When Pete came to Embry-Riddle as a freshman in fall of 2009, his goal after graduation was to be a pilot, a dream he’d had since he was in first grade. But it wasn’t long until he recognized his love of aviation would be better served in a business role, so he changed his major to business administration.
“My internship at Tweed New Haven Regional Airport opened my eyes to this and made me realize flying wasn’t the only way I could be actively, hands-on involved in aviation every day,” he says in his introductory student blog.
He began writing the blog as a sophomore and, by that time, was well on his way to achieving his college graduation goals. He’d began working in Airport Operations at Daytona Beach International Airport almost 30 hours per week. In addition, he earned his Private Pilot’s Certificate, Instrument Rating, made Honor Roll, published a blog and articles for various online outlets, was certified in Aircraft Rescue & Firefighting, and had organized large events including an air show. Pretty impressive stuff – but that was just the beginning.
Prospective students followed Pete’s adventures at RiddleLifeFlorida where he shared his Embry-Riddle experiences of plane spotting, day trips to Disney, and work stories. One of the highlights was working during the Daytona 500 NASCAR races and supporting the United States Air Force Thunderbirds, the more than 250 corporate aircraft that fly in and out during the event, and even celebrities like Fergie.
The last Riddle blog you wrote was in 2011. Where did life take you from there?
Well, somewhat comically, not three days after graduation from Riddle I began working in my new job at Orlando International Airport. I was given a rare opportunity for someone only 22 years old due to the amount of experience that I had developed to be an Airfield Operations Specialist at one of the largest airports in the world. I still credit my experiences at Embry-Riddle in addition to my work experience for getting me there. It was truly a great experience to be responsible for something as big as Orlando International on a day-to-day basis.
While I was at Orlando, I decided that it would be a good idea to continue my education, so I began working on a Master’s of Science degree in Criminal Justice at the University of Central Florida on a part-time basis. In doing this, and in the work I was doing at the airport, I uncovered an interest in the law, specifically in aviation law. So, I took the LSAT and applied to law schools, ultimately selecting the Antonin Scalia Law School at George Mason University in Arlington, VA. Following my first year of law school, I was lucky enough to do an internship with the Federal Aviation Administration in their Chief Counsel’s office. Following my second year of law school, and presently, I am working in the General Counsel’s office of the National Transportation Safety Board as a law clerk. Then, I will complete my last year of law school, take the Bar exam, and be an attorney working in the aviation industry in some capacity.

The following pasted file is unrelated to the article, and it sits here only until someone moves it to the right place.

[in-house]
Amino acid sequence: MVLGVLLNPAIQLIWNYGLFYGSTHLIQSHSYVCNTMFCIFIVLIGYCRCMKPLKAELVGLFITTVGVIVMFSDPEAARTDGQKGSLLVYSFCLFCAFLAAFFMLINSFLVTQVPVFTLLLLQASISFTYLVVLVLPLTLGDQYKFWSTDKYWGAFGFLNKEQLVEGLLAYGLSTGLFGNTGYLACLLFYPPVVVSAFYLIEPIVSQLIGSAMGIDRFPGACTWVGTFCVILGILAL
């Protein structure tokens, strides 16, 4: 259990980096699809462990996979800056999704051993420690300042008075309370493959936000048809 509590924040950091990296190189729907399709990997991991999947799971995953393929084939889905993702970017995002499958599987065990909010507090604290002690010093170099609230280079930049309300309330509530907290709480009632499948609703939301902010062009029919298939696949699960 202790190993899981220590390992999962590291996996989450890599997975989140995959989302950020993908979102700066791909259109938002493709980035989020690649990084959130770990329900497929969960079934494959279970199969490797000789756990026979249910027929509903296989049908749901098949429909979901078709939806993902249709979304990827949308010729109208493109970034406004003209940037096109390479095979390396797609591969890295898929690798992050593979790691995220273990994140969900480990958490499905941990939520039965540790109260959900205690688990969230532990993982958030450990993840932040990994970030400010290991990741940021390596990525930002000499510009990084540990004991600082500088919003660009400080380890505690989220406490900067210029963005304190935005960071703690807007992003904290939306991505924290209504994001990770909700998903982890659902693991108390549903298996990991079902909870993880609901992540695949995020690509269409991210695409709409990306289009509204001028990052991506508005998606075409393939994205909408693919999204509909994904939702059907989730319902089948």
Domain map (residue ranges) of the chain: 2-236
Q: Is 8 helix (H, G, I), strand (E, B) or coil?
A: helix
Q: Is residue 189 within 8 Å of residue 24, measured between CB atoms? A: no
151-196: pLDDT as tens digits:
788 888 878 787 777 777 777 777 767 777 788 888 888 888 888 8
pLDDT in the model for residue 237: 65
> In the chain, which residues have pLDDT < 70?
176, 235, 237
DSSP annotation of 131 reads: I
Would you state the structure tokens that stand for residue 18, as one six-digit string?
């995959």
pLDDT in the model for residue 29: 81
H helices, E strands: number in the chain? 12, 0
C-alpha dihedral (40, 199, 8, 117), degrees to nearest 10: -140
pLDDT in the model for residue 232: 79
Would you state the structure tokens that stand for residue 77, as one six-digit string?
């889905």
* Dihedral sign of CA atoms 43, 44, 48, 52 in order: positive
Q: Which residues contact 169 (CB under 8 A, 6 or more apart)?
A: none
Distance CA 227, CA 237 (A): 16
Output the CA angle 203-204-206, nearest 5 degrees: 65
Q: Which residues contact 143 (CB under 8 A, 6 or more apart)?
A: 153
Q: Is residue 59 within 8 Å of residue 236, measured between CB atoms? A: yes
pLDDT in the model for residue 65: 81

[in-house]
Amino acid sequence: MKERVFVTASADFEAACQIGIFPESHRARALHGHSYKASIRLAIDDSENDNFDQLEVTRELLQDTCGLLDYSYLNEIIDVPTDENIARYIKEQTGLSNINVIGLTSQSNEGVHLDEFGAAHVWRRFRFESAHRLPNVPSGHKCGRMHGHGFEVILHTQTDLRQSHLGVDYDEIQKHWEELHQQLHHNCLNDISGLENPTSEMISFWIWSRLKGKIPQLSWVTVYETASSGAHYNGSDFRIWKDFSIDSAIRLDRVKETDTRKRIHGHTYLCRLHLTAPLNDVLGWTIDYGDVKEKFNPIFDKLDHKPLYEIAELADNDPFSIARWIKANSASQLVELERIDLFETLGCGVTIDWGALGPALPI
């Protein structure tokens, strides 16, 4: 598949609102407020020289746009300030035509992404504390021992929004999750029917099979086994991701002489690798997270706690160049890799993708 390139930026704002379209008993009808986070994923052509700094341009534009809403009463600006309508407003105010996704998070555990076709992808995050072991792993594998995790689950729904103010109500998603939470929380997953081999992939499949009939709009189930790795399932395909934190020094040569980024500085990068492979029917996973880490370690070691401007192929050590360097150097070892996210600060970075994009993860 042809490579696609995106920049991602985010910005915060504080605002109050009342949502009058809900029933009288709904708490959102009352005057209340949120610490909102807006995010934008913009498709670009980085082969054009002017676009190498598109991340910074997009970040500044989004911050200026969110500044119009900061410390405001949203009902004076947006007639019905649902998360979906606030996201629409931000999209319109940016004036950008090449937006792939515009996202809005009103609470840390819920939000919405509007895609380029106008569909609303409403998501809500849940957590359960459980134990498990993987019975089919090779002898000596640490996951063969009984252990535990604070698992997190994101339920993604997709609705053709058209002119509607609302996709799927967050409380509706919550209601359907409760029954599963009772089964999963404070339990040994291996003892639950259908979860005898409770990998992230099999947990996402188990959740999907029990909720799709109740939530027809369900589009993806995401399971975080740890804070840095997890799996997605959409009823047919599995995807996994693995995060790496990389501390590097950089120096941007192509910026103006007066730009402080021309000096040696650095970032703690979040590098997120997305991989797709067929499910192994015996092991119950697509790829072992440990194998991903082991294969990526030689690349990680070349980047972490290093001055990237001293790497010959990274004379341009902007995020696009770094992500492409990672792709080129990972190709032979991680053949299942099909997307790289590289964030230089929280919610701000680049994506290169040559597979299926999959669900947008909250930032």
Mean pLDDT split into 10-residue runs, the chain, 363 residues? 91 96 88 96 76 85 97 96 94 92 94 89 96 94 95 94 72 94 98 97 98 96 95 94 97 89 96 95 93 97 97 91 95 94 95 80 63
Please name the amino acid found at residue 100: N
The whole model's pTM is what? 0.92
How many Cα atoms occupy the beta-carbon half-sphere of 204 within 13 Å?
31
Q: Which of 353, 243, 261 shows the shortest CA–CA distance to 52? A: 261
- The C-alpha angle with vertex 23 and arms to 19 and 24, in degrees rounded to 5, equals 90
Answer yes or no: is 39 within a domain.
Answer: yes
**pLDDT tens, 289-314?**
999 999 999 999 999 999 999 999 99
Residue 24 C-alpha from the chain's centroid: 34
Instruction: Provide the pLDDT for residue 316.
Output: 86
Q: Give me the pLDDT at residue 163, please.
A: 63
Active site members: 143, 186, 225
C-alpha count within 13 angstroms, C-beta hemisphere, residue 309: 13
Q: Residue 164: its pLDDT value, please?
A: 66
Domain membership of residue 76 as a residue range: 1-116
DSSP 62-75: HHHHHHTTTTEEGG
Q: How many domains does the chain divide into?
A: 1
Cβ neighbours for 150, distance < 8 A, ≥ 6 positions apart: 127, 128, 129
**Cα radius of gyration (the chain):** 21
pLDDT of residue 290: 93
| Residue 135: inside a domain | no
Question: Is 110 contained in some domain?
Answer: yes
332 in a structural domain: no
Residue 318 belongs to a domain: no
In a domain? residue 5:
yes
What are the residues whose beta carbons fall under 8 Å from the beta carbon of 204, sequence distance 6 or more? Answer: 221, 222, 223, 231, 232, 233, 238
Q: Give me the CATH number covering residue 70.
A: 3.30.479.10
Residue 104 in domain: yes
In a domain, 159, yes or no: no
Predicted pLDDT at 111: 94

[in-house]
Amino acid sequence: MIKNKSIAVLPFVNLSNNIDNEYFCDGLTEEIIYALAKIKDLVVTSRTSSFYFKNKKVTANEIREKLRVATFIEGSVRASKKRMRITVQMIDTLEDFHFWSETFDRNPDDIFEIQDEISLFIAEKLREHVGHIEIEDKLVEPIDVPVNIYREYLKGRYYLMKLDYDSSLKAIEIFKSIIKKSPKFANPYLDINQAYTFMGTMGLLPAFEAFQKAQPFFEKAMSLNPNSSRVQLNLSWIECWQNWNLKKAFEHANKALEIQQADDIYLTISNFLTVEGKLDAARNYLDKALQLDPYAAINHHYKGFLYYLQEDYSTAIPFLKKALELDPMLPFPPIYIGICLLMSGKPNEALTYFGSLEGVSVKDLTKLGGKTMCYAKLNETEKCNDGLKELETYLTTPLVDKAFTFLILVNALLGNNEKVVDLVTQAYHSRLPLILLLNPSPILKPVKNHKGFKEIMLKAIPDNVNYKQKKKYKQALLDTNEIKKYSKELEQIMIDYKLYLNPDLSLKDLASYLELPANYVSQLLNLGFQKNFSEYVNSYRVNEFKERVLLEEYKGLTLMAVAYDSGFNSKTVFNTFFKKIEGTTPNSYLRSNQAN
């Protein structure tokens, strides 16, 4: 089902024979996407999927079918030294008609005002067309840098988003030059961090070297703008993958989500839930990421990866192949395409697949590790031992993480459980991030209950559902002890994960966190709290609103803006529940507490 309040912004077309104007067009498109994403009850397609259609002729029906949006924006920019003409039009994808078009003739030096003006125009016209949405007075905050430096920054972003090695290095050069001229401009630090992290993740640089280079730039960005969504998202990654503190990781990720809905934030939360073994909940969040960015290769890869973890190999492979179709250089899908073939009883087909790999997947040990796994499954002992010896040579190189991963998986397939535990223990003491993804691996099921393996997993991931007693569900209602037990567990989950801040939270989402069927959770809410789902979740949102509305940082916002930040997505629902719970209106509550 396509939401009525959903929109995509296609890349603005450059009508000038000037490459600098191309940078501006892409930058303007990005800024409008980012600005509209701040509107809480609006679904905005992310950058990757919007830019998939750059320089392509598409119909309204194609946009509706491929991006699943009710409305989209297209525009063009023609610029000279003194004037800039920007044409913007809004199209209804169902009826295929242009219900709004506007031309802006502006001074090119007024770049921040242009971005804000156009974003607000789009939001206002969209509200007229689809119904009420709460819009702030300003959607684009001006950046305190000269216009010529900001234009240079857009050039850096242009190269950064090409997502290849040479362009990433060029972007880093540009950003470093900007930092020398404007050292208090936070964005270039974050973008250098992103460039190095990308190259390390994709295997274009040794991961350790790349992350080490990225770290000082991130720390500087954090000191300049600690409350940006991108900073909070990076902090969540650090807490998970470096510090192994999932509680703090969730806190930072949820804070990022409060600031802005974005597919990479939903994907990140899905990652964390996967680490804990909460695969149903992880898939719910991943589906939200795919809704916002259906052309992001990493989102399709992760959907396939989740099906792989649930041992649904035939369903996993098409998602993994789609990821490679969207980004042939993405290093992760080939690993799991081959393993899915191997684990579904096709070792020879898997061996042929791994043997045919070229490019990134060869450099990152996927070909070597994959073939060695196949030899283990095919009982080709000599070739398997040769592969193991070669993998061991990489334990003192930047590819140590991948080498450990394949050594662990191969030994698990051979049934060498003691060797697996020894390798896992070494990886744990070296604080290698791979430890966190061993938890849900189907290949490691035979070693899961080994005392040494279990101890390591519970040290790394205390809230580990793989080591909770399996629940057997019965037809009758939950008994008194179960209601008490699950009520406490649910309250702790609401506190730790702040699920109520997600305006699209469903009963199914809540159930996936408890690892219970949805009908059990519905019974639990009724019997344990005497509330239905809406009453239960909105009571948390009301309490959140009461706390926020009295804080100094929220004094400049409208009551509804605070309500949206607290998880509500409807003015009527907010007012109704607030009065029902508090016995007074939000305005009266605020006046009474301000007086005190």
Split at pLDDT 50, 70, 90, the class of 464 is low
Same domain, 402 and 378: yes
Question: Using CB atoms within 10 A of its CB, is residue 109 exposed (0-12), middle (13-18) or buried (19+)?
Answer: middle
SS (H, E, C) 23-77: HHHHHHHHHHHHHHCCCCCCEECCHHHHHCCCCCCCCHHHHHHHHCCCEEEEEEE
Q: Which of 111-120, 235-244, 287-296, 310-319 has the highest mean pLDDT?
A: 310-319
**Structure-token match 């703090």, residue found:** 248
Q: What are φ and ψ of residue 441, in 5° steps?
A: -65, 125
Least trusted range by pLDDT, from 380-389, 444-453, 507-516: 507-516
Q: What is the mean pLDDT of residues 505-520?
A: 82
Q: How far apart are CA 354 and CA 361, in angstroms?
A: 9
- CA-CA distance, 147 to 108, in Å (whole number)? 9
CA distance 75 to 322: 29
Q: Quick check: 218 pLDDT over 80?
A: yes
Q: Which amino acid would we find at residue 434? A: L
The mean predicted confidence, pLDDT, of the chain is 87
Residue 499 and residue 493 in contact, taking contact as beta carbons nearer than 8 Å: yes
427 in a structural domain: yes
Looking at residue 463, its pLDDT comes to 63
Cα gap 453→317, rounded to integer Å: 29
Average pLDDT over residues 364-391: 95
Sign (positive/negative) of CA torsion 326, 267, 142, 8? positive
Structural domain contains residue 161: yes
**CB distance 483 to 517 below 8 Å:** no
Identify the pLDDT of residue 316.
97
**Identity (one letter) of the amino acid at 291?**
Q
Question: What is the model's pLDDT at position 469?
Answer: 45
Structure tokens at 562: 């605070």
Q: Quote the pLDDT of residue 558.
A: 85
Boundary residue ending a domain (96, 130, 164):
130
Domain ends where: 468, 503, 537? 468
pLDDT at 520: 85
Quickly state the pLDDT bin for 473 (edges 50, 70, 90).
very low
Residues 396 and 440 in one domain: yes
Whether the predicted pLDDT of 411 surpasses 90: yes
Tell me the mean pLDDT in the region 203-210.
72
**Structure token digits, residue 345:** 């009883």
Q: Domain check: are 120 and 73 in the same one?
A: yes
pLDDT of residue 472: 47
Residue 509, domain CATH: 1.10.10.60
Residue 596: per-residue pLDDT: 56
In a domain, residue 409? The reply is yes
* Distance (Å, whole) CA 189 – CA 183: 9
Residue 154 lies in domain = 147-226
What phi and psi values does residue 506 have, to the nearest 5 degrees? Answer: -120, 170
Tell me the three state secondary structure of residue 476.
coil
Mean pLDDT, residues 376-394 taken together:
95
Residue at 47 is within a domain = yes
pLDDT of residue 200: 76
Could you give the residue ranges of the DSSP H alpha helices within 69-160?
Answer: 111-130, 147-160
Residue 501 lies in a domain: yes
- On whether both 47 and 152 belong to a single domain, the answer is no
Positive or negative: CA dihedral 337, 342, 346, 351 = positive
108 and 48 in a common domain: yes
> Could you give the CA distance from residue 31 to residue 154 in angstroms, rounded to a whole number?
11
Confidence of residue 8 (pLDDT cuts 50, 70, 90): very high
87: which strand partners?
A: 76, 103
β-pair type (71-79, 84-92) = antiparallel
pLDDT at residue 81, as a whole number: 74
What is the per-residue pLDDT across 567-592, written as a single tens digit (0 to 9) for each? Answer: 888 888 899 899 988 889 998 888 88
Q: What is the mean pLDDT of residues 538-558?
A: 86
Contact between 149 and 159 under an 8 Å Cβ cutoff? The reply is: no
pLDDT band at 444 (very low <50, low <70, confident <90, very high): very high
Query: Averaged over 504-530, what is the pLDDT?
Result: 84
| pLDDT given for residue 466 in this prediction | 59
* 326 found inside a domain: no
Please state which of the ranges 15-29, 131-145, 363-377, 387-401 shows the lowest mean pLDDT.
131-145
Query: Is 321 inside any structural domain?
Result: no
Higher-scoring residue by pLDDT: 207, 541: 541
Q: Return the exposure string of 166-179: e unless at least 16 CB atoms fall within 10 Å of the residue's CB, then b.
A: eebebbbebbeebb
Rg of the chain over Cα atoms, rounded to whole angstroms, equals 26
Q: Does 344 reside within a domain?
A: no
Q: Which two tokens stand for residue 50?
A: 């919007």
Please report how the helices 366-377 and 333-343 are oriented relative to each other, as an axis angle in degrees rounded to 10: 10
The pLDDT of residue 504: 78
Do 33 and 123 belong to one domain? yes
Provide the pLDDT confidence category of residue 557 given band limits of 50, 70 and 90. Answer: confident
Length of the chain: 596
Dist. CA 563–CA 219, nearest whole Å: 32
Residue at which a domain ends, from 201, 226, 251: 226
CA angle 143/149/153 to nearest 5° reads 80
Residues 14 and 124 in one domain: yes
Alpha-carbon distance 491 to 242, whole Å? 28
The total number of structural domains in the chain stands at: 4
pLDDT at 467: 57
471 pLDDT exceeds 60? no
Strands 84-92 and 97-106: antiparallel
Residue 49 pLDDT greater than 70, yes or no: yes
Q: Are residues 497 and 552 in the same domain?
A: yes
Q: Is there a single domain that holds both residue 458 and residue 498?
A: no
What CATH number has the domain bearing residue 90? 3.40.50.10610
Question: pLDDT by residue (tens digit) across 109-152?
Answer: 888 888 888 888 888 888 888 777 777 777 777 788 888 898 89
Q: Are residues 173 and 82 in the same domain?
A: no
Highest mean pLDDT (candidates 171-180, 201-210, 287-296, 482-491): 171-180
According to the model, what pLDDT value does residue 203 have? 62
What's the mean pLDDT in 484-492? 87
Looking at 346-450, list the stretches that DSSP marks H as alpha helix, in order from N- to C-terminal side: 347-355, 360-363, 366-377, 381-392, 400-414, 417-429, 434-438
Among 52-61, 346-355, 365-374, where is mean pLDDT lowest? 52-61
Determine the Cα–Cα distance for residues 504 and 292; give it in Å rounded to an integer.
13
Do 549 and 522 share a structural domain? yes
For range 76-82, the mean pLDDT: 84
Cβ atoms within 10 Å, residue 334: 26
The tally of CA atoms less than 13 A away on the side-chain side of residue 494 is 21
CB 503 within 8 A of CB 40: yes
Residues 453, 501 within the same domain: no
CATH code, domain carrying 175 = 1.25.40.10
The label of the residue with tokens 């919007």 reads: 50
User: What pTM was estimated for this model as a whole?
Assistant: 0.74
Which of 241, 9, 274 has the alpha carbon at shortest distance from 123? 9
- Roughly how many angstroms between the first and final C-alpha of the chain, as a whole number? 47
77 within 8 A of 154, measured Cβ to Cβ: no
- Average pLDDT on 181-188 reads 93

How did you choose a grad school?
I started my graduate studies at UCF largely due to its proximity to work, and also because of their criminal justice program that is well respected in the industry. In choosing Scalia Law, I was primarily focused on attending a Top 50 law school in close proximity to Washington, DC and the federal government. Ultimately, that proximity has allowed me to obtain a great deal of exposure with the government and to work/intern there during the school year, while students at many other schools only have the opportunity to participate in internships with the federal government during the summers.
How did Embry-Riddle help you prepare for and transition to grad school?
Riddle definitely prepared me for grad school in the way that the professors structured their classes and assigned projects. The Riddle requires students to be strategic in their time management and planning, while also teaching students how to think rationally and logically. These skills are imperative for success in law school. You need to be able to process information quickly and accurately, and you need to be able to budget your time almost perfectly, especially in the first year of law school. Additionally, the Aviation Law course that I took at my law school was more of a review than anything else as a result of the coursework from the College of Business. This allowed me to excel above the other students in that class.